As per Howard's response, you simply need to create a leasehold title for the maisonette and borrow against that - not the freehold. It is quite simple to do, you need to grant a long lease out of your freehold title - although you can't grant a lease to yourself, so you would need to grant the lease to a different person than the freeholder. So if you owned the freehold in your own name, you could grant the maisonette lease to yourself and your partner, or vice versa. Alternatively you could transfer the freehold into a limited company and grant the lease of the maisonette to yourself in your personal capacity.
Once you have done that, you should be able to borrow from most lenders.


BP Surrey

10:56 AM, 22nd October 2018, About 4 years ago

I agree with Justin's comment. I recently sold a leasehold flat owned by my wife and I with the freehold being in my name only. Your solicitor will be able to draw up a new lease for the flat and sort out who owns what in terms of the lease and freehold.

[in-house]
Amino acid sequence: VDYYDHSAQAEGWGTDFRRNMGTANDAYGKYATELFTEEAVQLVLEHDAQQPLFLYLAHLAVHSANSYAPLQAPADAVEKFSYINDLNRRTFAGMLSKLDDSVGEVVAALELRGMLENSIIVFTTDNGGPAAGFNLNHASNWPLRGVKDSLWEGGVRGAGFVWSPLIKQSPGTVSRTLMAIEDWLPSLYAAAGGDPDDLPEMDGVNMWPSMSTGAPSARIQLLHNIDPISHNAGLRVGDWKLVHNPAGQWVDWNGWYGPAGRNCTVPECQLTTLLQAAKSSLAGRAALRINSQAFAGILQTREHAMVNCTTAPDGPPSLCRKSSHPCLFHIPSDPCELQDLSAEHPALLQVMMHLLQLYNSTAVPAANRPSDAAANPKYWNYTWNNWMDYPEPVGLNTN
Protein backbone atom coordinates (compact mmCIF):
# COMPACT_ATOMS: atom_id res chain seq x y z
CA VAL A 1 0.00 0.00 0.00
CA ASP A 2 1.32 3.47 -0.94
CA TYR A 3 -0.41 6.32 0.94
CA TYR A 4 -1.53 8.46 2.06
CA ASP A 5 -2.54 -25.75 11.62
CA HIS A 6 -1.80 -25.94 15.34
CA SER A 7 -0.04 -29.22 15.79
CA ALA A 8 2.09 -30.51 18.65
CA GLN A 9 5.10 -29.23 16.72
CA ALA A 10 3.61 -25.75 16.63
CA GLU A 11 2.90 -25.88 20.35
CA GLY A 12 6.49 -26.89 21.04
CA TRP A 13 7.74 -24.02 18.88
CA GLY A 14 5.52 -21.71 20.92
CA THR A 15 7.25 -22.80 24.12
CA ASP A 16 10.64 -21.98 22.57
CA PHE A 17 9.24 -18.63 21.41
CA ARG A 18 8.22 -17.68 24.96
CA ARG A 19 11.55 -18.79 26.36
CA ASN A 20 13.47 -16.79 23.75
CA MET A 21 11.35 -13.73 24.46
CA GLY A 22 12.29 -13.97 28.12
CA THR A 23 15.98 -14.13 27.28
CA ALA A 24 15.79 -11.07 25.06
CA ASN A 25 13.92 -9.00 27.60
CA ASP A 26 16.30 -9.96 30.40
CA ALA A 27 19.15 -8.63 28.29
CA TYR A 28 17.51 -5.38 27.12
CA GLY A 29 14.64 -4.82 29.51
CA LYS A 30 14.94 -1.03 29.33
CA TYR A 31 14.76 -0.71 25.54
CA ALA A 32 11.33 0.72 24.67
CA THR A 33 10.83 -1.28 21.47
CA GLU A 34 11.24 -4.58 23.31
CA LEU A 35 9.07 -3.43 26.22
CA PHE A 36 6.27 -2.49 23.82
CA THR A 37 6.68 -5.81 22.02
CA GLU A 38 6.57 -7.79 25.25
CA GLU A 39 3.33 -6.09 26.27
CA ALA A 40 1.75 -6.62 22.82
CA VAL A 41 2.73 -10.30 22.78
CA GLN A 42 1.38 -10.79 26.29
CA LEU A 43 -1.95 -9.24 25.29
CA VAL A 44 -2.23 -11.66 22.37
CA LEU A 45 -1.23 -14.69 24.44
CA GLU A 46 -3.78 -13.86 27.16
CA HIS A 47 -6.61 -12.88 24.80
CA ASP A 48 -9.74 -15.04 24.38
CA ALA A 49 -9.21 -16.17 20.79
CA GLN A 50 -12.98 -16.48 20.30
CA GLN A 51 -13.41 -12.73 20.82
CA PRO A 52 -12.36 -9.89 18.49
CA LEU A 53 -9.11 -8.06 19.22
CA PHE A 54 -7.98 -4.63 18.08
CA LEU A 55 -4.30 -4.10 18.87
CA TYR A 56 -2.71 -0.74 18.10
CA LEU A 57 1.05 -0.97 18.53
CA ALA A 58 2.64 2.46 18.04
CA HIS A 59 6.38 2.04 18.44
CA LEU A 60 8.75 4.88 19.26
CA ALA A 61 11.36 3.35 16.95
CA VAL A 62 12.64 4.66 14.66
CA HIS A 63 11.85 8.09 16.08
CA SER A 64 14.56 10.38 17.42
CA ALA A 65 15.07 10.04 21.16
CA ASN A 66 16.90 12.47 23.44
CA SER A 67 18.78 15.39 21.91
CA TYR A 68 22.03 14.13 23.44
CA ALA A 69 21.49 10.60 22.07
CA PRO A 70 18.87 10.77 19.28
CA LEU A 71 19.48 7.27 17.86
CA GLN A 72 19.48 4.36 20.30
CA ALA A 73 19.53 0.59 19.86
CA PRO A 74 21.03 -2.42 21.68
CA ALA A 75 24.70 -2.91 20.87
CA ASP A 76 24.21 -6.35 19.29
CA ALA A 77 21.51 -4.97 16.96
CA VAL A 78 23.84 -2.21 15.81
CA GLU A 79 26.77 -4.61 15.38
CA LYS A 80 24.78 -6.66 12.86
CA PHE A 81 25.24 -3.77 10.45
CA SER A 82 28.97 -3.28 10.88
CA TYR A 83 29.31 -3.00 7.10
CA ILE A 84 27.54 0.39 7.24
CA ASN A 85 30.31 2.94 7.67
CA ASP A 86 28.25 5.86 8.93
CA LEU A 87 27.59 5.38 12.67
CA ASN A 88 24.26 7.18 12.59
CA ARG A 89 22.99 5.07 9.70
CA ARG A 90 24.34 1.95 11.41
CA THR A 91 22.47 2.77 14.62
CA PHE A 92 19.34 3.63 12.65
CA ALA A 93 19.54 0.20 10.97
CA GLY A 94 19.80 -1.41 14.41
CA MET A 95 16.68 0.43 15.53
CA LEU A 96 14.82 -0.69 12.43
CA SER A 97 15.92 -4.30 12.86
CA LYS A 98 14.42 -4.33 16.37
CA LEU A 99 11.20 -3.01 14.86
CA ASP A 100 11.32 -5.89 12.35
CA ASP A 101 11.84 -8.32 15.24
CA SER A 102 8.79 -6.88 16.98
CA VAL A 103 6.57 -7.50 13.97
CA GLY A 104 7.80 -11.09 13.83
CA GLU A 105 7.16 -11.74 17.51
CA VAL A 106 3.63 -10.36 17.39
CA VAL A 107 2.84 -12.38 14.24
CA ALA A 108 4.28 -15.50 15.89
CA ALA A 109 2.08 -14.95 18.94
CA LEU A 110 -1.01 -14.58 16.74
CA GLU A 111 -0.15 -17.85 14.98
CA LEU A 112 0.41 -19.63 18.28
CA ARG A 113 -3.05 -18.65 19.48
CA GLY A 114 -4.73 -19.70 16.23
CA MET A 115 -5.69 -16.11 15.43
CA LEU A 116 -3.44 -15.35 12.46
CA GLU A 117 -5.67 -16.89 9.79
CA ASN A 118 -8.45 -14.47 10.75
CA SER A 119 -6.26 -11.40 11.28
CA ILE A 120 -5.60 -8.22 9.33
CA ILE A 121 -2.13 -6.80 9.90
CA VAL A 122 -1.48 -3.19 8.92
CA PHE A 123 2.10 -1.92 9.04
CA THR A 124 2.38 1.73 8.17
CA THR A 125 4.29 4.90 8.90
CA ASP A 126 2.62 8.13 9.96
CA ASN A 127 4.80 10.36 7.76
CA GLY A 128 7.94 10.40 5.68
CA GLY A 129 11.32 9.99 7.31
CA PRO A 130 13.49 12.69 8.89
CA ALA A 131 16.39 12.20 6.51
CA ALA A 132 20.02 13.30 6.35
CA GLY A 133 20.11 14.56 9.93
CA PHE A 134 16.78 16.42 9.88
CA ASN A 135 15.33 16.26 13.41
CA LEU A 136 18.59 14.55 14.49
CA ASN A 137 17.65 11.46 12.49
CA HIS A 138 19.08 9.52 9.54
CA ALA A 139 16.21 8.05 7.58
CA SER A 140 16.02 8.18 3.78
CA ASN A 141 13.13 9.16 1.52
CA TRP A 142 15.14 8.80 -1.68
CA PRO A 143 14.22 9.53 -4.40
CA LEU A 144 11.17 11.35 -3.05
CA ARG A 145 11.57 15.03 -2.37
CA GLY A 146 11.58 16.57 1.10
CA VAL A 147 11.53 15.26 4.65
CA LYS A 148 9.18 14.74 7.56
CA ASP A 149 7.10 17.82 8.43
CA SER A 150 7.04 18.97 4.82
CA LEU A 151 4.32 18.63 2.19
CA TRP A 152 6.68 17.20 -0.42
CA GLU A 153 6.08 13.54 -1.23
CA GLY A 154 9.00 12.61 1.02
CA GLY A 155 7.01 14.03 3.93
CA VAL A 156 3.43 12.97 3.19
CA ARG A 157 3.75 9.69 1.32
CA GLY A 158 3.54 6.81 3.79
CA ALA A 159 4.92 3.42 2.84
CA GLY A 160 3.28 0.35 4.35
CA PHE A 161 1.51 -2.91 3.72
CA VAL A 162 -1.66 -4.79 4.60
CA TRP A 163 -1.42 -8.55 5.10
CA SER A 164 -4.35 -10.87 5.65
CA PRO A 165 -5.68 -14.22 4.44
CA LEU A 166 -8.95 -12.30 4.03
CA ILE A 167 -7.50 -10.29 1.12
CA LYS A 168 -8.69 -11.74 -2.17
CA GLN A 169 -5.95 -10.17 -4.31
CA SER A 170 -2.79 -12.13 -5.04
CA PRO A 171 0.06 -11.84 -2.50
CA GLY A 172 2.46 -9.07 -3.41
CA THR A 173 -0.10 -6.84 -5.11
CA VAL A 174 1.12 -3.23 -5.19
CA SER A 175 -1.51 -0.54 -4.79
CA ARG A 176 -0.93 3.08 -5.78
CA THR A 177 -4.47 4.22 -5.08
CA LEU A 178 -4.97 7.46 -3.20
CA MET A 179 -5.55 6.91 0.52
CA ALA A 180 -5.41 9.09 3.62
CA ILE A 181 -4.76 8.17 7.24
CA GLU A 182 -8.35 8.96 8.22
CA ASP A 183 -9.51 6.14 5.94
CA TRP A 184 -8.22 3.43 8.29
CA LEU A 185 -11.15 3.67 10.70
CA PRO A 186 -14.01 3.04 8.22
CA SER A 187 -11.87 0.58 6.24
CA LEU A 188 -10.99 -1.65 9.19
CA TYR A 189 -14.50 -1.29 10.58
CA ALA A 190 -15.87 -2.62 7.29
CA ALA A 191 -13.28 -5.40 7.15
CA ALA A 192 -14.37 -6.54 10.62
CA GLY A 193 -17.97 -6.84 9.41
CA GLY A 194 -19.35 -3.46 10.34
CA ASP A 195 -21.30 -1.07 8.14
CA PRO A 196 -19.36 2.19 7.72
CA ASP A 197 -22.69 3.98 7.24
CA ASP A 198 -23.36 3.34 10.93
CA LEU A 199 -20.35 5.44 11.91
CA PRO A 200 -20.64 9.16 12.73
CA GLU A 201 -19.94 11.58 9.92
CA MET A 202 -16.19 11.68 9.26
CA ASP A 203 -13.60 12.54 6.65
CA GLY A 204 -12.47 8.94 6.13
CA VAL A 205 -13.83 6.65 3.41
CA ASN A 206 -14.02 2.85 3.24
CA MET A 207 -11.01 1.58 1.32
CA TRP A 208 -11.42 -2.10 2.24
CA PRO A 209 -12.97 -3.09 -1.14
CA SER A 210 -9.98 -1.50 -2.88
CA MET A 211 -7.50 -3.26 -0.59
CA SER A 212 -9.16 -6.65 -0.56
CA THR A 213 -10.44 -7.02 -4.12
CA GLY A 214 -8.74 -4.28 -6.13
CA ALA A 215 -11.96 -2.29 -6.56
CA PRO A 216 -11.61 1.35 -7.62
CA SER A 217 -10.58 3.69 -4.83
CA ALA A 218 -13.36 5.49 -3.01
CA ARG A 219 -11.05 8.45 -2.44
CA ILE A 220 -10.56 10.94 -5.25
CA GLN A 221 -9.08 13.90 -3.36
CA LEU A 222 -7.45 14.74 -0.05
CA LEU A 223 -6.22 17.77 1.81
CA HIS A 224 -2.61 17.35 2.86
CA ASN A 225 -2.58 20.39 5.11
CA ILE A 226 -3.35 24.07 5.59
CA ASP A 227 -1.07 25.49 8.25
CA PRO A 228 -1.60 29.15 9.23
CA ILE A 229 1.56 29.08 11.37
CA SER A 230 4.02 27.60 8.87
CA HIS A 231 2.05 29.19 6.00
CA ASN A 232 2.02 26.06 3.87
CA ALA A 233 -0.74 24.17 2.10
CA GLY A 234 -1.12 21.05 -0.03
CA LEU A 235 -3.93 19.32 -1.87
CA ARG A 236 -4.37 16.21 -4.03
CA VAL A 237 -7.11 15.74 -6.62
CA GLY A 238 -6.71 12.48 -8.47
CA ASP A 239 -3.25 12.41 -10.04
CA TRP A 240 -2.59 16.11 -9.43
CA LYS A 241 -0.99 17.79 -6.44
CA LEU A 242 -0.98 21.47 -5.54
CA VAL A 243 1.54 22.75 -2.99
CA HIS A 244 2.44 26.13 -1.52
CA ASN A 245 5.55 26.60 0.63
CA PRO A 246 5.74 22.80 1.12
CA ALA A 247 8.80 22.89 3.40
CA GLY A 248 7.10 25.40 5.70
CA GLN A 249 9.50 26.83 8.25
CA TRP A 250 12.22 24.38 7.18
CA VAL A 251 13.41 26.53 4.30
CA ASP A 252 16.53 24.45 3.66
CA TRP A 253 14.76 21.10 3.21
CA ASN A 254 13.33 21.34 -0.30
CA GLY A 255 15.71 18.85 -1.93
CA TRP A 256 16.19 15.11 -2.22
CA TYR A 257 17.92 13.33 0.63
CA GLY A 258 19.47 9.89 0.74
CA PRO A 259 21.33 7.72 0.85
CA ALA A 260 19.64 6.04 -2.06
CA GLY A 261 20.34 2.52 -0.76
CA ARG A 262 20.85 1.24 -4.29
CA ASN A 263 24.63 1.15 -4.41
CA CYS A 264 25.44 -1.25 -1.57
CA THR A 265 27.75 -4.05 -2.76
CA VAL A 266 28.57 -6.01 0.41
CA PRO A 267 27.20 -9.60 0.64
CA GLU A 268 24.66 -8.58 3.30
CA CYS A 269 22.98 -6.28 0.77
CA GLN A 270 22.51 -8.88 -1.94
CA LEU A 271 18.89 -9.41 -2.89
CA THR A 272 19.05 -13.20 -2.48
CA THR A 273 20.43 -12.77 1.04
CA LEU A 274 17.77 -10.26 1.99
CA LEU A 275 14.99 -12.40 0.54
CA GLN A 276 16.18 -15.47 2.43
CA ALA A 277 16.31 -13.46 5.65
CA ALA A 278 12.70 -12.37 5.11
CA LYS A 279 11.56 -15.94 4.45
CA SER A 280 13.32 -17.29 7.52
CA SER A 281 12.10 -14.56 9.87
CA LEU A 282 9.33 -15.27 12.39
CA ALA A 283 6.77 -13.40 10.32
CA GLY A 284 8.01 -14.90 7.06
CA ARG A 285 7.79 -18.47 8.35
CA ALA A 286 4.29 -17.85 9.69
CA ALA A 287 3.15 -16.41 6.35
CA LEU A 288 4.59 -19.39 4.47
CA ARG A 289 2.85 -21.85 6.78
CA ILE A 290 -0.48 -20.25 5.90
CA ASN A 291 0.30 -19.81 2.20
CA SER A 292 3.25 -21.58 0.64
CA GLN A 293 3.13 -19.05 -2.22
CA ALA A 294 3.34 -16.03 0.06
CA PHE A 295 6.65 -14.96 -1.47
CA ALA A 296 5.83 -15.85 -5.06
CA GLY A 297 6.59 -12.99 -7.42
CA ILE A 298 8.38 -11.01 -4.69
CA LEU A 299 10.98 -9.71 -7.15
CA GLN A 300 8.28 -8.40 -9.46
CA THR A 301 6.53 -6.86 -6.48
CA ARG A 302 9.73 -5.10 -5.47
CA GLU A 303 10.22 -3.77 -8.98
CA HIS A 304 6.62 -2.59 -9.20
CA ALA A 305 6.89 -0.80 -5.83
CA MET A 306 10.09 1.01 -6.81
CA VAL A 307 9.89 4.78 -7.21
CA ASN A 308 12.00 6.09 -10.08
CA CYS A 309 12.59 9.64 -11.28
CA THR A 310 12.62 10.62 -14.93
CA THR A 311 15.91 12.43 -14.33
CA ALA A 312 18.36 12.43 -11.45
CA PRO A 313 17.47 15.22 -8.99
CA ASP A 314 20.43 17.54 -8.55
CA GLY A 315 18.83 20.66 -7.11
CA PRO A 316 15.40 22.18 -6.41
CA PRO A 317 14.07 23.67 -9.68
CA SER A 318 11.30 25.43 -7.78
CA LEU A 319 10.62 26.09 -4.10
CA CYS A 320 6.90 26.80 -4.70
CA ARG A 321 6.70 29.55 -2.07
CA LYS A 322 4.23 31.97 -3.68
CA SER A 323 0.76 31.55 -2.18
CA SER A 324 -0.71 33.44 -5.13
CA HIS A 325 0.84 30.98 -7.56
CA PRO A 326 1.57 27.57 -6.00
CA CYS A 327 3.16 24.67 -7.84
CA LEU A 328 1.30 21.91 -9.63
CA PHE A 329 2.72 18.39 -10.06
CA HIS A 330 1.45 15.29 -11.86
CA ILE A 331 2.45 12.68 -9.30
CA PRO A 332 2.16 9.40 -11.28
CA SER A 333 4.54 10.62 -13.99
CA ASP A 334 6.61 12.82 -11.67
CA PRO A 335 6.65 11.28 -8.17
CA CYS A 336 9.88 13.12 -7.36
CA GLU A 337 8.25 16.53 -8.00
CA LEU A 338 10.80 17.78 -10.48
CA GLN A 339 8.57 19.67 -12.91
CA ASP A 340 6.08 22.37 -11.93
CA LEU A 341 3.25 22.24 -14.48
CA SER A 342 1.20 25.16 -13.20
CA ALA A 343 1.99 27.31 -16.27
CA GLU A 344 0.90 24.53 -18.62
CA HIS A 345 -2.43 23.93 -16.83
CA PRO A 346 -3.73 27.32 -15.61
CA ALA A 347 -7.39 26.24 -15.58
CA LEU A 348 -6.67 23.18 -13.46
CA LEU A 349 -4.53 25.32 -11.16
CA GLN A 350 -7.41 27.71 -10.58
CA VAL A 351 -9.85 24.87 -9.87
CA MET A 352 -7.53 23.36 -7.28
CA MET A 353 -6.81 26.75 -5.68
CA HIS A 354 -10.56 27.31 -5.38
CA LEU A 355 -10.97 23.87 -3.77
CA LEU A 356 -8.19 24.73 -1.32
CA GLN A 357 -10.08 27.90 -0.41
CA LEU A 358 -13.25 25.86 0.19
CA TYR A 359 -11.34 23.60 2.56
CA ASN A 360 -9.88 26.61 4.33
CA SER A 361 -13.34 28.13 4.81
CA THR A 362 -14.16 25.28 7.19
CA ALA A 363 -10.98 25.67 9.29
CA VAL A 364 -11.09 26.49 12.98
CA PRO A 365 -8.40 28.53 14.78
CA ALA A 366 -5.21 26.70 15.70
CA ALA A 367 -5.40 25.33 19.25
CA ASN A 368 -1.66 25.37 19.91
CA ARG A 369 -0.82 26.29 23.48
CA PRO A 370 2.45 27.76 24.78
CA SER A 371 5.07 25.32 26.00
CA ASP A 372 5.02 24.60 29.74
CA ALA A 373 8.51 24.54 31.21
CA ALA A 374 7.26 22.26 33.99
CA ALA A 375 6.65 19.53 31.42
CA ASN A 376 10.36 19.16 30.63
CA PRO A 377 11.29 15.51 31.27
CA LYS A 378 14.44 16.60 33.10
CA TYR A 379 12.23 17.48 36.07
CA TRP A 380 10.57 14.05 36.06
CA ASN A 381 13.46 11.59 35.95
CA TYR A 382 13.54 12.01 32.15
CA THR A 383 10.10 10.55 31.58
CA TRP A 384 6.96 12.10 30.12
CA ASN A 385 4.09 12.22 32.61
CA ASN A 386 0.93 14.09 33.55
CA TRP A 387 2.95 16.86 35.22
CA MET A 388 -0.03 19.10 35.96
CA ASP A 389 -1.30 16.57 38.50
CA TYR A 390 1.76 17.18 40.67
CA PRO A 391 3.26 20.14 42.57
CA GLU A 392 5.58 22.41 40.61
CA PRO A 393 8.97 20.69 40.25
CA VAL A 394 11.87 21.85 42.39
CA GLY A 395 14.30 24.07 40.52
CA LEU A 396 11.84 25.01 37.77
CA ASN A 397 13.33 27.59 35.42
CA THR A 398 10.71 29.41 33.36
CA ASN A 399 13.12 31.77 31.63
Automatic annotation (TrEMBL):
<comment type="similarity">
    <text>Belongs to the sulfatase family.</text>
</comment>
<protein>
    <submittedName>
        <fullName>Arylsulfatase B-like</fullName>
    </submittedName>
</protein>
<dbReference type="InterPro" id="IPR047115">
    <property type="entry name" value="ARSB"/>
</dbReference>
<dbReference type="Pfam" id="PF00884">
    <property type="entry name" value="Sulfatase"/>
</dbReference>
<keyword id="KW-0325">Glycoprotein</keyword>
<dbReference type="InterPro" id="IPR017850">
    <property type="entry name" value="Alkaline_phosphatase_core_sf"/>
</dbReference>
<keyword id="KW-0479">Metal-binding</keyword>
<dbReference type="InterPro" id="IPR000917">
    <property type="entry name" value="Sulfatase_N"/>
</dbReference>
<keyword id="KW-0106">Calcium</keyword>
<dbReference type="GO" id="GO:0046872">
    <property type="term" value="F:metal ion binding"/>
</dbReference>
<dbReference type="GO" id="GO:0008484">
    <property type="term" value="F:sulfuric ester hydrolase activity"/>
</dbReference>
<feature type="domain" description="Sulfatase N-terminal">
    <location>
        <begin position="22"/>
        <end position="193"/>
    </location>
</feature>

Lucie Wade

11:01 AM, 22nd October 2018, About 4 years ago

Best and easiest way to do this is to transfer the freehold into a Ltd company so this makes it a separate legal entity then remortgage at will to anyone of numerous lenders. The lenders will differ depending on whether this is residential or buy to let. If resi then you can go back to to say Natwest - they're fine above commercial - we've just completed an almost identical scenario to yours. If buy to let then again you have plenty of lenders to chose from depending on what other commercial units are in the row. Some lenders avoid units with off license or any this that 'smells' e.g hairdressers, dry cleaners, take away, restaurants etc. So in Summary, no need to sell the freehold, just transfer to a ltd company in your name (and of course grant your self a lease from there) - any conveyancing solicitor can do this. Good luck